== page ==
Will you support joy with a gift to Danceworks?

 

 

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From the Diary of Deborah Farris

 

The wind was blowing especially hard that day. It pressed into me as if it were trying to hold me back. I grabbed at my flimsy jacket, holding the front panels of cotton closed.


My ears ached and it was only October. “Wear your hat!” my mother would always say as I walked out the door to the school bus during the cold months.
I pushed back against the wind, making my way to three different doors before I found the entrance with the buzzer. The inside warmth hit me like heaven, along with the smile from the woman seated at the desk. “Good morning!”

 

“Good morning!” I shivered, leaving the bitter cold at the door and introduced myself. “I’m Deb Farris, Danceworks CEO. I am here to observe your Mad Hot Tap students,” I said and was directed to the basement cafeteria, where lines of children (and the smell of broccoli) caught my attention, waiting for class to begin.

Dance class.

If anyone wonders why so many individuals are investing their lives in our city’s schools, you need only to look into the face of one child—any child within the four walls of the tall brick buildings throughout Milwaukee.

 

On the day I visited this school, two 4th grade classrooms were being combined into one. A teaching veteran of 20 years, Mr. B explained that he had just spent six weeks getting his students in line. “Now,” he said, “I will have to start all over.”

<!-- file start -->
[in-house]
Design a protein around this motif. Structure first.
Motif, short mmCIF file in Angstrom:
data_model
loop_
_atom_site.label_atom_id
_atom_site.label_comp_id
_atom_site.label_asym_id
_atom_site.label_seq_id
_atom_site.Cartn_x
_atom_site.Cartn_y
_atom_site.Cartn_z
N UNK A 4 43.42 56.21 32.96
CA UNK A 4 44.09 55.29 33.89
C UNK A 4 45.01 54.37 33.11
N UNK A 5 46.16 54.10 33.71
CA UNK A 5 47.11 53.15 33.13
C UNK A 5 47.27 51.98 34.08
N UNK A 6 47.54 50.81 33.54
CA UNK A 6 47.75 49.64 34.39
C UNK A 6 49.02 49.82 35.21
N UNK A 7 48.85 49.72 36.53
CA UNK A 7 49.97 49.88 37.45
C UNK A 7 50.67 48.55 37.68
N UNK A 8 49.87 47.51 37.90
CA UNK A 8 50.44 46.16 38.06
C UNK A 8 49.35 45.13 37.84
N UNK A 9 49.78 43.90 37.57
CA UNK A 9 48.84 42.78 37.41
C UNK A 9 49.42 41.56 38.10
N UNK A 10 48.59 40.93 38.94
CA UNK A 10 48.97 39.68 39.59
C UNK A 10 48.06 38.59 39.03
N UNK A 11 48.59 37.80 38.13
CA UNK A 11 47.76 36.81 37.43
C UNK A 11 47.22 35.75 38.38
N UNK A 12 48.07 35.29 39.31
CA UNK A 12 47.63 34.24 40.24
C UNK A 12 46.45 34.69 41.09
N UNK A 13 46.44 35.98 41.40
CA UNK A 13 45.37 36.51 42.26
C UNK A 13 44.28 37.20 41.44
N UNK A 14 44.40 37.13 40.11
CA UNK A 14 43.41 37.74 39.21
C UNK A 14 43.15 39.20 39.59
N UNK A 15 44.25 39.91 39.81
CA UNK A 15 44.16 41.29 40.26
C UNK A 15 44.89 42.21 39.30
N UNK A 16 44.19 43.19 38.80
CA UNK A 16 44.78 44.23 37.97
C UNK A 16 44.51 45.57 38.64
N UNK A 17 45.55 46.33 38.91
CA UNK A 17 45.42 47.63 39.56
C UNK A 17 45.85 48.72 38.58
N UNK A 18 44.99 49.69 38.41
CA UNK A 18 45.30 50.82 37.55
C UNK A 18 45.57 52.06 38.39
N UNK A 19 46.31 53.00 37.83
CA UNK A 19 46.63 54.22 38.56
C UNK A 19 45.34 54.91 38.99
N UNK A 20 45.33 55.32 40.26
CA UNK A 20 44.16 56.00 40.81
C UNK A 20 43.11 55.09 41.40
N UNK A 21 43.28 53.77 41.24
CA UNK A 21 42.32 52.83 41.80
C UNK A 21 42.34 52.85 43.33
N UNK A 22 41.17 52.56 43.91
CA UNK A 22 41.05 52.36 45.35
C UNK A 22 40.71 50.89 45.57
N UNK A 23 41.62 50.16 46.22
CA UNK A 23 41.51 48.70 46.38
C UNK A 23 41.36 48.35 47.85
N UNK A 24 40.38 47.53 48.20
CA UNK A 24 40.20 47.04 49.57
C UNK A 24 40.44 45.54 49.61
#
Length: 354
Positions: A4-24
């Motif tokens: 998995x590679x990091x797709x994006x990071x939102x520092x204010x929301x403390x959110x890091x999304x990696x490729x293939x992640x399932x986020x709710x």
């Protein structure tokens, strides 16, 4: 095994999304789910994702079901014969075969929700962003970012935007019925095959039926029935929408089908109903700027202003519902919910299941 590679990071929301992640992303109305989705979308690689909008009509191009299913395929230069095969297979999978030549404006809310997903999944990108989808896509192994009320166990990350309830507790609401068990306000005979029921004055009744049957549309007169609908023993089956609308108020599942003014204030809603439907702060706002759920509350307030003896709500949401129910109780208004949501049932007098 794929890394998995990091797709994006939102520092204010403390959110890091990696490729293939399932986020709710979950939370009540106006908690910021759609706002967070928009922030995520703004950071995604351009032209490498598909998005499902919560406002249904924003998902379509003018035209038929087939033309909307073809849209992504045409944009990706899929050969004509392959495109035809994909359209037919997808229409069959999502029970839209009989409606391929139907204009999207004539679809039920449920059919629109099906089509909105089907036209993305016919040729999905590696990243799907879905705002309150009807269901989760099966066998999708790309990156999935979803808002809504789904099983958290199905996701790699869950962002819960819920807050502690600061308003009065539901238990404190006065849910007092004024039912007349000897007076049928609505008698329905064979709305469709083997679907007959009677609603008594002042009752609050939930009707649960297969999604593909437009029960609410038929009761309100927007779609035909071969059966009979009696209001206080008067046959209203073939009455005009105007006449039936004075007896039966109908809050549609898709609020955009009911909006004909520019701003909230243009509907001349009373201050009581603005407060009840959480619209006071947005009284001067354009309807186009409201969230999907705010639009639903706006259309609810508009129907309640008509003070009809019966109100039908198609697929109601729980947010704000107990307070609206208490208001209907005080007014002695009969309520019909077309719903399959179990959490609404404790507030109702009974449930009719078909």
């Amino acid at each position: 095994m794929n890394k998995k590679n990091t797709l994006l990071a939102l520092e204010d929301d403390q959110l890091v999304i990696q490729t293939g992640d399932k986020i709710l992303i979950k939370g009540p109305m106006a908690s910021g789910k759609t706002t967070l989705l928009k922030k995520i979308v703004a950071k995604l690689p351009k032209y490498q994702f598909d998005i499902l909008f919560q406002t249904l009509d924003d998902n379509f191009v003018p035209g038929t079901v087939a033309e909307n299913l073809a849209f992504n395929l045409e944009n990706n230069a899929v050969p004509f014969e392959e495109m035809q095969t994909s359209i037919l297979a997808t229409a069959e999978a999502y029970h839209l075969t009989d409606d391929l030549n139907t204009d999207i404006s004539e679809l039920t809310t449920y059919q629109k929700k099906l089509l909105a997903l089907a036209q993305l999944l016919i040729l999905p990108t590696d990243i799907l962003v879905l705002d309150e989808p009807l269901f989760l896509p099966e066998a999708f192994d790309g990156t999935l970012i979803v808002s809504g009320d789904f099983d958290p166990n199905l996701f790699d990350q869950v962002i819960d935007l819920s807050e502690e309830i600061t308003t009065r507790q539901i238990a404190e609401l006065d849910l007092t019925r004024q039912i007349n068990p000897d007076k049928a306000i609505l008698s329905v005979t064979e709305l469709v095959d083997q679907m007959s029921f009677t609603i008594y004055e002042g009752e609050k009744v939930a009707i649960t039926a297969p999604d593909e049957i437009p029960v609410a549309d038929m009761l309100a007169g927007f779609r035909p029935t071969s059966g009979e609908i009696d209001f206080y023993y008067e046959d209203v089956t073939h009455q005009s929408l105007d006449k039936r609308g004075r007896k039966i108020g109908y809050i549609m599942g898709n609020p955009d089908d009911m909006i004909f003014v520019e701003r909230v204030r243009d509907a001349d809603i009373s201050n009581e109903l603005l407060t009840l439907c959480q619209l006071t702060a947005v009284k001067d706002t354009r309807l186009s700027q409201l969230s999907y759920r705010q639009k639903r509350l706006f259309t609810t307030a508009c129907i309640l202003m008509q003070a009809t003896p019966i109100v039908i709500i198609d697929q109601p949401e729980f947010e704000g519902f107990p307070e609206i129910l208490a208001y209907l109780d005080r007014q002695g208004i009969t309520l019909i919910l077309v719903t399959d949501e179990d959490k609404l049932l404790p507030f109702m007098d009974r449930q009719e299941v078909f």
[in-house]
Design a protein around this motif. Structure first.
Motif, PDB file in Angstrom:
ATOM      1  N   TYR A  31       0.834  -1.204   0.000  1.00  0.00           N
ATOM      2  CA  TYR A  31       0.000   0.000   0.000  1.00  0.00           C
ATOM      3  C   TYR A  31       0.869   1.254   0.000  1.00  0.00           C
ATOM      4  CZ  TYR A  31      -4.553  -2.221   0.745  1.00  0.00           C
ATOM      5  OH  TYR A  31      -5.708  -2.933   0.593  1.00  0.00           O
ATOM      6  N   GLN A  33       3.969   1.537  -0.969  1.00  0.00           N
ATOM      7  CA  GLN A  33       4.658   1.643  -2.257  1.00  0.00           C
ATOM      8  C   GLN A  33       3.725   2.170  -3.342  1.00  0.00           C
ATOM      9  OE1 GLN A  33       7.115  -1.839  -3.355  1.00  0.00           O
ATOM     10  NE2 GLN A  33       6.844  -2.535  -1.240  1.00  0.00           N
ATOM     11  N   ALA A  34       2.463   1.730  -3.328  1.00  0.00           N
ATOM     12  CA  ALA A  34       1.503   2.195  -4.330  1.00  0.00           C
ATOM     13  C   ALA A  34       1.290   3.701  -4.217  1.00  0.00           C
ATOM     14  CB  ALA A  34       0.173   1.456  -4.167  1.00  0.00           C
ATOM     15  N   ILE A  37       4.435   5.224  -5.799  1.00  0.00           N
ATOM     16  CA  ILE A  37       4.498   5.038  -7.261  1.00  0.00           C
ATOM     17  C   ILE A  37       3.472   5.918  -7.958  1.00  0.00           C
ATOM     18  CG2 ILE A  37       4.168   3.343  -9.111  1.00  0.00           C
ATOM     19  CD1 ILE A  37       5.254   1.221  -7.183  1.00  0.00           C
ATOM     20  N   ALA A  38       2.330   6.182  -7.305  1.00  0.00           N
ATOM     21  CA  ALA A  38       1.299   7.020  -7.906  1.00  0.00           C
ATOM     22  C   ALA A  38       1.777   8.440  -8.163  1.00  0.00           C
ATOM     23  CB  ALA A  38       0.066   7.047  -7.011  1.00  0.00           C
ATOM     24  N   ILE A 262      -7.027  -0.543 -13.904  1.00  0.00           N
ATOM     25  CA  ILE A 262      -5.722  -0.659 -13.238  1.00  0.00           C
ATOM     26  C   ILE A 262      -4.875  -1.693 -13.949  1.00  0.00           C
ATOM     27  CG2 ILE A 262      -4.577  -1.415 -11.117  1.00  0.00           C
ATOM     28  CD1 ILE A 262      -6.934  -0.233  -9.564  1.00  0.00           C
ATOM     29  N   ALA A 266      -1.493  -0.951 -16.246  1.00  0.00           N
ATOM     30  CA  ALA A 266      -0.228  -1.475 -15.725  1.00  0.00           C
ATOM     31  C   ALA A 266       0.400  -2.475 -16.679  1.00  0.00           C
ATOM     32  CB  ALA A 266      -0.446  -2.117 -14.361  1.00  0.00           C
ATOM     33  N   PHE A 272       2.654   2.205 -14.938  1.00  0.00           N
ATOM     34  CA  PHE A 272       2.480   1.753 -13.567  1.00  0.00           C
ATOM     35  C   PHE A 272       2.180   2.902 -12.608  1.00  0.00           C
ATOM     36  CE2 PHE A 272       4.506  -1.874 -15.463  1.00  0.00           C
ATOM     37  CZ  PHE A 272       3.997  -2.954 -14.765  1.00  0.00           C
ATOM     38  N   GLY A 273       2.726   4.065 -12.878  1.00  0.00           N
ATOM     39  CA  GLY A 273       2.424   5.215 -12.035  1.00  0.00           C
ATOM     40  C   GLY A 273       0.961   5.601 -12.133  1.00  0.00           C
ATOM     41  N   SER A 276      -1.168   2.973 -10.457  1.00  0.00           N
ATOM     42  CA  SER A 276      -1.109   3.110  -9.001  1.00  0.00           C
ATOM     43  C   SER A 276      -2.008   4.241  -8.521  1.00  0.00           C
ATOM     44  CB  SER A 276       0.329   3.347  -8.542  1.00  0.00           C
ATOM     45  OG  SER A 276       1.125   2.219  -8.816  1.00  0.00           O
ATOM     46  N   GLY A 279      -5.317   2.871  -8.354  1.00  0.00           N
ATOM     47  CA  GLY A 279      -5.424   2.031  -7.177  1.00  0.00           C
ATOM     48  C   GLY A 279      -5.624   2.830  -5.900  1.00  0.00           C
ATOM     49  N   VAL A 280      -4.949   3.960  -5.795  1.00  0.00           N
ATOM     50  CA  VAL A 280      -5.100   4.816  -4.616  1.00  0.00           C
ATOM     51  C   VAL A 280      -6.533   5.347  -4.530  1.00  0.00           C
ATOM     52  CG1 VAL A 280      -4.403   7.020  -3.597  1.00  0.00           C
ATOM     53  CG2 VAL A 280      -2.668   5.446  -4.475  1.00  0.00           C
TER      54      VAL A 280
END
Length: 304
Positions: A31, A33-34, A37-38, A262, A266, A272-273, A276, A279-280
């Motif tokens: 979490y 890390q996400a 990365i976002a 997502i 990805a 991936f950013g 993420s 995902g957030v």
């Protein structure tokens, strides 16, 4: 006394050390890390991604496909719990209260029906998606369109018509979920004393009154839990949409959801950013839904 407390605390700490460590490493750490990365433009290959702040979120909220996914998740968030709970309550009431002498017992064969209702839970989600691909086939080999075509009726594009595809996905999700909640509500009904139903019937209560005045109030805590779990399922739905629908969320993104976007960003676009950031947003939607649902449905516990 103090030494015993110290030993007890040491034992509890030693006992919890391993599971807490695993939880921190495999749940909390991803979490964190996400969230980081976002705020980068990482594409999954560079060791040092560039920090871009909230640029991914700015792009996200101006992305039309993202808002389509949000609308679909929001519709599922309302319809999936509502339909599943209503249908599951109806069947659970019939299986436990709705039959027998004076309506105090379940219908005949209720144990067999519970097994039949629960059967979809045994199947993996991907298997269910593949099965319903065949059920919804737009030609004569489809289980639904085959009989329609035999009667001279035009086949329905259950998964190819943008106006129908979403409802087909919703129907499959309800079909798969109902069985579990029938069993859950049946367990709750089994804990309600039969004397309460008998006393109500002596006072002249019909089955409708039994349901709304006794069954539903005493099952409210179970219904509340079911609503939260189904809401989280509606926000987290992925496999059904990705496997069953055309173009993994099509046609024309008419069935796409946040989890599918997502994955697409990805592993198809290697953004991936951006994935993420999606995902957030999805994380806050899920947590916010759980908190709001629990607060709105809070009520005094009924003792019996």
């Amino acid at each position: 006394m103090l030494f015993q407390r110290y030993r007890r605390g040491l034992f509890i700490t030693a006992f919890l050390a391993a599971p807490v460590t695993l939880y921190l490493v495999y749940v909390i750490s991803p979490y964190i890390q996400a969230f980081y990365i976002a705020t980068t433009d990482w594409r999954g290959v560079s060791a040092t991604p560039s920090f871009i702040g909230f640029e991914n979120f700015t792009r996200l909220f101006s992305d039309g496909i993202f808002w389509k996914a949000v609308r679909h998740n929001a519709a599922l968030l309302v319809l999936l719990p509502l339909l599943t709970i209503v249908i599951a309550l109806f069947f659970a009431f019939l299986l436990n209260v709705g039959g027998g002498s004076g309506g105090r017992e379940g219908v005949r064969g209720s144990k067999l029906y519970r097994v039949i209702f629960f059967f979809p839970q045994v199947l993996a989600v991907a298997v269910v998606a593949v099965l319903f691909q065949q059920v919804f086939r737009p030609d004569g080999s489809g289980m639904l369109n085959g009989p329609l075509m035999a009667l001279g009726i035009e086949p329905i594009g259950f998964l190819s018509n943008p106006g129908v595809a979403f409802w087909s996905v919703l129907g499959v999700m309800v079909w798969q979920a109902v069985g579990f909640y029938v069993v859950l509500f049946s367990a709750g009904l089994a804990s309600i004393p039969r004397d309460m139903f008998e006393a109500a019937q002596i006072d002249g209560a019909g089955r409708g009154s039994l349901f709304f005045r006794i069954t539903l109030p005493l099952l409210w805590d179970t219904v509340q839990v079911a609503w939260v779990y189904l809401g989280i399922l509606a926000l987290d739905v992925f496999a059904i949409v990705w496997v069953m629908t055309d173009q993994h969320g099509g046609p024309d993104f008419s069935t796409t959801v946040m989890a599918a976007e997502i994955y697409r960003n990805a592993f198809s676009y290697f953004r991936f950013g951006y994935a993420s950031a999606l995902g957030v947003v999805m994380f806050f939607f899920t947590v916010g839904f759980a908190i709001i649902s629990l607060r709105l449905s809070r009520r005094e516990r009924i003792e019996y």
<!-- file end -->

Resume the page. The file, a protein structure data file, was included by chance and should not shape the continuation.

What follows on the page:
As if on cue, the second 4th grade class entered and with Mr. B’s help, began to fill in spaces across the floor. Our Danceworks teaching artist skillfully maneuvered around two thick columns, giving instructions to both sets of students. Before long, I couldn’t tell where one class ended and the other began.

 

“What better way to start the students off than by dancing together?” I said to Mr. B, not intending to minimize his challenge. The question was more intended for me, to remind myself on that windy day the compelling story of why we do what we do.

 

I realize dance won’t provide the answers to the tough questions that went through my head as I walked up to the school. How many children won’t have warm coats this winter? How many children didn’t have a parent home when they walked out the door this morning for school?

Dance is so much more than meets the eye.

Dance is blind to tragedy, to suffering. Dance is forgiving of misfortune and chaos. Dance is joy. And Mr. B’s 4th grade class, even after doubling in size, danced with joy!

So now I ask you, when the cold wind blows, pushing against us and trying to hold us back, will we turn back or forge on and say, “Let the children dance”? Why can’t joy be enough of a compelling story of why we do what we do? Will you support joy, with a gift to Danceworks?

What more can I say but – Let the children dance!

 

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